from these agencies. In light of these practical problems, the
Archive sent a FOIA request for the Ten Oldest FOIA Requests to
the five components at each of these decentralized agencies that
received the most FOIA requests for that agency in 2002. If there
was an extraordinary degree of decentralization at any of these
agency components, such as OSHA, the Archive further limited the
scope of the request. Thus, the number of business days that have
passed since the filing of the FOIA request with many of these
components is far shorter than with the majority of the agencies.
One additional caveat regarding decentralization is that some
of the FOIA requests that the agencies identified as still-pending
may have been completed to the satisfaction of the requester by
a different component than the one that responded with a copy
of the FOIA request. The Archive did not track down all of the
individual requesters to determine whether they agree that their
request remains pending.
In the time taken to receive responses to the FOIA requests,
some agencies may have completed processing of the oldest requests.
Such is the case with respect to at least one request made by
the Archive to the CIA in 1989; it was responded to on April 22,
2003 after the CIA had identified it as one of the CIA's Ten Oldest
Despite persistent inquiries, and after more than 190 business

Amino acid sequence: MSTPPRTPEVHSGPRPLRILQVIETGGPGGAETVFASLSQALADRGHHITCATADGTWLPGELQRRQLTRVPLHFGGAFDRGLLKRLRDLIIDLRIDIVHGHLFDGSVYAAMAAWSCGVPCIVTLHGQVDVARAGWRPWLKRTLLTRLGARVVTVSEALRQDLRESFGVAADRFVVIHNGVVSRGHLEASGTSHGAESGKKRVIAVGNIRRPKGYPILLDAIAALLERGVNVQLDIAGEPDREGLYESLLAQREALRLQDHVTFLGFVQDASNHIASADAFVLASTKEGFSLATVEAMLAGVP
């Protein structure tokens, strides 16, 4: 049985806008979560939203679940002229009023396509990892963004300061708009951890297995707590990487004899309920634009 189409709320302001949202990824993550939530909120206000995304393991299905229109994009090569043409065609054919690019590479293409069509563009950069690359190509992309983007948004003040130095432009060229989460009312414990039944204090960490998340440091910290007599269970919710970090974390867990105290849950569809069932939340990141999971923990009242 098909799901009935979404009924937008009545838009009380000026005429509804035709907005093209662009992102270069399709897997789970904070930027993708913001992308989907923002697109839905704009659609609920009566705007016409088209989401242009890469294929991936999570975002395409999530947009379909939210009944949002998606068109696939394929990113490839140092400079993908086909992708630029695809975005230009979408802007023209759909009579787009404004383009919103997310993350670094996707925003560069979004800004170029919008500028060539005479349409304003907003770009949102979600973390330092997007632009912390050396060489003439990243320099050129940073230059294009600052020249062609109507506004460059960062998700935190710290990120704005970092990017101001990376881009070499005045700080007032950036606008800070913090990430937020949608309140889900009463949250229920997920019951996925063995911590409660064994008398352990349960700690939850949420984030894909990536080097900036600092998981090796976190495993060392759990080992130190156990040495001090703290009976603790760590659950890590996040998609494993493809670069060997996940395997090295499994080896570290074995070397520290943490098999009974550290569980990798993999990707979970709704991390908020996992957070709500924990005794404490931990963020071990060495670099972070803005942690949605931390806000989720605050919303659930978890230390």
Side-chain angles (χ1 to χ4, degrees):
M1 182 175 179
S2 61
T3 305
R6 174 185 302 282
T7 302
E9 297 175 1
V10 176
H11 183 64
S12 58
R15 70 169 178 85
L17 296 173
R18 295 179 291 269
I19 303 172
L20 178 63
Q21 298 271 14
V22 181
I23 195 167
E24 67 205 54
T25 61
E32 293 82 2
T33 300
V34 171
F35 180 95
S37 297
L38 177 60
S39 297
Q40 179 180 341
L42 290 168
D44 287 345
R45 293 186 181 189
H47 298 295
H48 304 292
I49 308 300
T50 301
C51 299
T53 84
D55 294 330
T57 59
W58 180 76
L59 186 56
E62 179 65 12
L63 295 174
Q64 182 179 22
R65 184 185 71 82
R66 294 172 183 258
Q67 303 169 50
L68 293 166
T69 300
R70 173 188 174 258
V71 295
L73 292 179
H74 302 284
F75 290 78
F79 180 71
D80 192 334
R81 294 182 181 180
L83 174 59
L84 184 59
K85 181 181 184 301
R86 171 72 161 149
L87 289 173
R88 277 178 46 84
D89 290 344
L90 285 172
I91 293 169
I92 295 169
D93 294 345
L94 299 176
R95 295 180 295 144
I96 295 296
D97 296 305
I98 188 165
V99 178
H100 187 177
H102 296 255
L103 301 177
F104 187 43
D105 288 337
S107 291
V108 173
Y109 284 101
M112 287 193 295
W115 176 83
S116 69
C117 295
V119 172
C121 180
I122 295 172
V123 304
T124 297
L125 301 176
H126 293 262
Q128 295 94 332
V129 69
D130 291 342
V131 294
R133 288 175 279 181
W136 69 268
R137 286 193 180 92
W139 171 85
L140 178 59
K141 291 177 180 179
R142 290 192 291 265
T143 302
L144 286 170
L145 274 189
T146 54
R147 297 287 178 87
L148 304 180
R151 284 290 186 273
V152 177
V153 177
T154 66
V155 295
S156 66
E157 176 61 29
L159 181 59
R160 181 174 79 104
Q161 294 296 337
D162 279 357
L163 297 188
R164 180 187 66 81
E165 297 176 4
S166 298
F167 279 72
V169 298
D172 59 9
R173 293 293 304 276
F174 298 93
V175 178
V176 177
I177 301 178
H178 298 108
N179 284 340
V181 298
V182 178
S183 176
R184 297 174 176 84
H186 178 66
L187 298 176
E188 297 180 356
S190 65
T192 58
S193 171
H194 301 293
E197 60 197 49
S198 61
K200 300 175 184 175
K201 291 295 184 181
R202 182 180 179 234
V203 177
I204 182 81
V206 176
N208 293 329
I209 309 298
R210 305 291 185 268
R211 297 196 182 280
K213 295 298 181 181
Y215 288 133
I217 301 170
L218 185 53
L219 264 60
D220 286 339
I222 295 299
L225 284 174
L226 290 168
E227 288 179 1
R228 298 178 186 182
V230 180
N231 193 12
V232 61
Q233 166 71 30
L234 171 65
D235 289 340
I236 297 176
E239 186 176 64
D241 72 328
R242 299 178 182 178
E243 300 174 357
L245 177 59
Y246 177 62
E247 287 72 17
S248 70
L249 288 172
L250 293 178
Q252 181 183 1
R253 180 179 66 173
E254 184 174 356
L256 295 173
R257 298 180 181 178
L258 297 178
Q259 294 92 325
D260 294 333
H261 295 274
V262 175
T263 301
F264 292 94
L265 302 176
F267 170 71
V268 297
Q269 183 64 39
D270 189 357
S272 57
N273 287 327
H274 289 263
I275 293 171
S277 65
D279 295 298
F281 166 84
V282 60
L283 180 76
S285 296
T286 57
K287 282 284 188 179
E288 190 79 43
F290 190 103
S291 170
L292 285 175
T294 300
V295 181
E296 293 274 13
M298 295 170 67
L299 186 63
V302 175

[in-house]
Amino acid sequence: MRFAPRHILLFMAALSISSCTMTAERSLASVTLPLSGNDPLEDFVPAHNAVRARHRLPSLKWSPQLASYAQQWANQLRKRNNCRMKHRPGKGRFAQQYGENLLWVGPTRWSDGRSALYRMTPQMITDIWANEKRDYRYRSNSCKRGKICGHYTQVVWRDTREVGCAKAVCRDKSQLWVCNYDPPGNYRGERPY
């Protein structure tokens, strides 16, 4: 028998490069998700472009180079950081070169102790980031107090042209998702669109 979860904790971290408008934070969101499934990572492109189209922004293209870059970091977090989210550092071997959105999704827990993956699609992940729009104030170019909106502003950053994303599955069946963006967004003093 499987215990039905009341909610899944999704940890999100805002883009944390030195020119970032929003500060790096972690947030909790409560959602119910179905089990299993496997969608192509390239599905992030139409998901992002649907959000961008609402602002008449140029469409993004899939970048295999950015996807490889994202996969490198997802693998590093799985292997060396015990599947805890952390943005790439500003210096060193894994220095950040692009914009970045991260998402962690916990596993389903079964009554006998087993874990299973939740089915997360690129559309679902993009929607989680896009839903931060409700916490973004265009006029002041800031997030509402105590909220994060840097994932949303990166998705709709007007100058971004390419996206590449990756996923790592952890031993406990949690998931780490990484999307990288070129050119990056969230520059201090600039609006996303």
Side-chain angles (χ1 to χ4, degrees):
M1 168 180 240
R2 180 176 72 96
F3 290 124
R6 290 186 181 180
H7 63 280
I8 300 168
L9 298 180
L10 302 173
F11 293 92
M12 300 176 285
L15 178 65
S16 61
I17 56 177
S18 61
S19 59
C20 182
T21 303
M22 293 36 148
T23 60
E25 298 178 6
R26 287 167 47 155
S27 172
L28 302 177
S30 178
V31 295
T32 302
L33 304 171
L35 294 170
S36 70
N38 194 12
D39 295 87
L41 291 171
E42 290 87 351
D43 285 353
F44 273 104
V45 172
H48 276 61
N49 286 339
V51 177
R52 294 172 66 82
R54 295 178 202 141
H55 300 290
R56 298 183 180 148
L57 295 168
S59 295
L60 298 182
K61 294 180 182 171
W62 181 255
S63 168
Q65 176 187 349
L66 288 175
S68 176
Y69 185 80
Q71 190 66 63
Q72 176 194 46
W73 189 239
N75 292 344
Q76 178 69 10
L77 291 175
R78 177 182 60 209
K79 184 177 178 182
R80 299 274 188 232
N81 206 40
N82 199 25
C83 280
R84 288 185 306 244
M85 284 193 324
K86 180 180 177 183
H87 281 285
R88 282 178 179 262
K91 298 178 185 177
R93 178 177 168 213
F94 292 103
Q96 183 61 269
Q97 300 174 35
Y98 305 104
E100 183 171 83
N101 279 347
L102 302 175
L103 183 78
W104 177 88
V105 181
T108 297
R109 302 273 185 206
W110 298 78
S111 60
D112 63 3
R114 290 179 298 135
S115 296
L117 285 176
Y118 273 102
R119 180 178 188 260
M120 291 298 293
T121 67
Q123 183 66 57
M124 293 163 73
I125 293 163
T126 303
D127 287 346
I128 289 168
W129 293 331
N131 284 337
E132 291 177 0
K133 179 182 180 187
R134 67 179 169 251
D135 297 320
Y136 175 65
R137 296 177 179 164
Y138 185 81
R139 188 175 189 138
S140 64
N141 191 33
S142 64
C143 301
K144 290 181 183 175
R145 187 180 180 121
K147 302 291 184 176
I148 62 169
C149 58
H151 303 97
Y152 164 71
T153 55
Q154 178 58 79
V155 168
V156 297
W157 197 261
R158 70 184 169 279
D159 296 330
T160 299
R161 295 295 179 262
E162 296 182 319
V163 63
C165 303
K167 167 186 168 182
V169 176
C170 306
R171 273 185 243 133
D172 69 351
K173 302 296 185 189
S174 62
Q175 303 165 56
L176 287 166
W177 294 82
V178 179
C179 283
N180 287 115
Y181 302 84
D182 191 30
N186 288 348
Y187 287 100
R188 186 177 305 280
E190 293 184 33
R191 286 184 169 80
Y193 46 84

days, the Archive never received a complete, substantive response
from the following agencies initially served with the FOIA request:
- The Department of Housing and Urban Development;
- The Department of Labor;
- The Department of State;
- The Department of Transportation;
- The Drug Enforcement Administration; and
- The Department of Veterans Affairs.
The explanations provided by the agencies for their inability
to respond are discussed below and in the individual agency summaries.
As noted below, in some cases we followed up by making the FOIA
request directly to departmental components, some of which have
responded. The Archive decided to publish this report even with
some agencies' data missing because over nine months have passed
since initially submitting the requests on January 31, 2003.
As the Archive received responses to the FOIA requests, we looked
at the Ten Oldest FOIA Requests still pending with each of the
surveyed agencies and the annual FOIA report statistics reported
by the agencies over the last five fiscal years. The Archive supplemented
its analysis with a review of official guidance concerning annual
reporting requirements and other publicly reported information,
as referenced in the Audit Report.
In addition to our findings, this report provide a detailed summary
for each agency reviewed regarding: (1) Recordkeeping Issues;
(2) the Ten Oldest FOIA Requests; (3) Workload Statistics; (4)
Backlog Statistics; and (5) Processing Time. Supporting materials
for this report include the responses
to our FOIA requests for the Ten Oldest FOIA Requests
and a chart summarizing the agencies 1998-2002
annual FOIA report statistics. (Note